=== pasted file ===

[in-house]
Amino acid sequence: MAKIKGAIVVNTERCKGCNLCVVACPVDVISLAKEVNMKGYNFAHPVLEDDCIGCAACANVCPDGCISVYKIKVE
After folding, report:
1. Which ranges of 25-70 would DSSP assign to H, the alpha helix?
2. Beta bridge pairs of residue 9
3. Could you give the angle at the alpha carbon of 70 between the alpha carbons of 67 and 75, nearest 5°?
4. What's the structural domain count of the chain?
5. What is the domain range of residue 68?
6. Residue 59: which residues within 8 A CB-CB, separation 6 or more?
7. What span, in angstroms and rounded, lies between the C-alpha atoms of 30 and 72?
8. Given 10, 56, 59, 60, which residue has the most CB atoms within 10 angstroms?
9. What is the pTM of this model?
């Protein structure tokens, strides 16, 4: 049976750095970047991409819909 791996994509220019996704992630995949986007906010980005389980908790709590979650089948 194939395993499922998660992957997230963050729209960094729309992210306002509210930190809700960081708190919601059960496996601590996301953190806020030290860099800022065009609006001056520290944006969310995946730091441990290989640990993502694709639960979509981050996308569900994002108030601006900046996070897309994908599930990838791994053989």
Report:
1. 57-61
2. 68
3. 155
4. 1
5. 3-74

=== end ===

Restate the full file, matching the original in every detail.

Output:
[in-house]
Amino acid sequence: MAKIKGAIVVNTERCKGCNLCVVACPVDVISLAKEVNMKGYNFAHPVLEDDCIGCAACANVCPDGCISVYKIKVE
After folding, report:
1. Which ranges of 25-70 would DSSP assign to H, the alpha helix?
2. Beta bridge pairs of residue 9
3. Could you give the angle at the alpha carbon of 70 between the alpha carbons of 67 and 75, nearest 5°?
4. What's the structural domain count of the chain?
5. What is the domain range of residue 68?
6. Residue 59: which residues within 8 A CB-CB, separation 6 or more?
7. What span, in angstroms and rounded, lies between the C-alpha atoms of 30 and 72?
8. Given 10, 56, 59, 60, which residue has the most CB atoms within 10 angstroms?
9. What is the pTM of this model?
């Protein structure tokens, strides 16, 4: 049976750095970047991409819909 791996994509220019996704992630995949986007906010980005389980908790709590979650089948 194939395993499922998660992957997230963050729209960094729309992210306002509210930190809700960081708190919601059960496996601590996301953190806020030290860099800022065009609006001056520290944006969310995946730091441990290989640990993502694709639960979509981050996308569900994002108030601006900046996070897309994908599930990838791994053989």
Report:
1. 57-61
2. 68
3. 155
4. 1
5. 3-74